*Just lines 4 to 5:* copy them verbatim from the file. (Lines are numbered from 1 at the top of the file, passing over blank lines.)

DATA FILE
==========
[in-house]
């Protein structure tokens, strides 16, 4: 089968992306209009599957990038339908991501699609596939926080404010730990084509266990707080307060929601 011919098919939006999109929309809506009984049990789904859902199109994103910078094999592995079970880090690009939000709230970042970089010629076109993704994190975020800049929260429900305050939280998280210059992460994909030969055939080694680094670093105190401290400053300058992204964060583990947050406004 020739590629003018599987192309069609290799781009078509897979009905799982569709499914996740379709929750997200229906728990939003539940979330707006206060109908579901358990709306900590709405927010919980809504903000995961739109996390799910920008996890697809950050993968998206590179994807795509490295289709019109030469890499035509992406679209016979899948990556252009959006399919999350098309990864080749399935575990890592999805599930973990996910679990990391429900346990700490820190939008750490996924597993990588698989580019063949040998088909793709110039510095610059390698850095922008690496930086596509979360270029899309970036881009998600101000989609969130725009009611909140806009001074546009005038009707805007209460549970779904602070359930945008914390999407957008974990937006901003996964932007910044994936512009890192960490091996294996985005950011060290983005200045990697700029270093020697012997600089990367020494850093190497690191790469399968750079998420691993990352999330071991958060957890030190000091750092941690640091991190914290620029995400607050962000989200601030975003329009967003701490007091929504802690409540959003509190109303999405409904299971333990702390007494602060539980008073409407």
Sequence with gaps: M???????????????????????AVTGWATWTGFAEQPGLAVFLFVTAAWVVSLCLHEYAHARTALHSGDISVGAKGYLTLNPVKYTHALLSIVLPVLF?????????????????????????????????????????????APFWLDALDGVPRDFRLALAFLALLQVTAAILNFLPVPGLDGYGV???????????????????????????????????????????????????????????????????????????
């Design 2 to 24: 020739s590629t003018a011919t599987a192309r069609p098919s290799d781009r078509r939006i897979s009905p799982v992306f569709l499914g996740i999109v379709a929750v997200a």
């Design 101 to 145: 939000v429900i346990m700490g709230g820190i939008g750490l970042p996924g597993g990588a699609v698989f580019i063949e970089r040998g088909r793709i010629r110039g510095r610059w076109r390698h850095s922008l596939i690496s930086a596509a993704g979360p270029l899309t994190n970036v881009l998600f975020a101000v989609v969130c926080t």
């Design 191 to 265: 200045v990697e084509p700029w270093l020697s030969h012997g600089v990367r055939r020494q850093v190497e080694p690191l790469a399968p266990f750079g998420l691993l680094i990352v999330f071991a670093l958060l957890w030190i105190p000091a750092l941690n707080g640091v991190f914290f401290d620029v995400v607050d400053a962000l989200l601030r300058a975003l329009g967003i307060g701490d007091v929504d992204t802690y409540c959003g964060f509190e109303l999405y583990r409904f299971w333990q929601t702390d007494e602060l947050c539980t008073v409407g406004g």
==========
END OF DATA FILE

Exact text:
């Design 2 to 24: 020739s590629t003018a011919t599987a192309r069609p098919s290799d781009r078509r939006i897979s009905p799982v992306f569709l499914g996740i999109v379709a929750v997200a």
């Design 101 to 145: 939000v429900i346990m700490g709230g820190i939008g750490l970042p996924g597993g990588a699609v698989f580019i063949e970089r040998g088909r793709i010629r110039g510095r610059w076109r390698h850095s922008l596939i690496s930086a596509a993704g979360p270029l899309t994190n970036v881009l998600f975020a101000v989609v969130c926080t």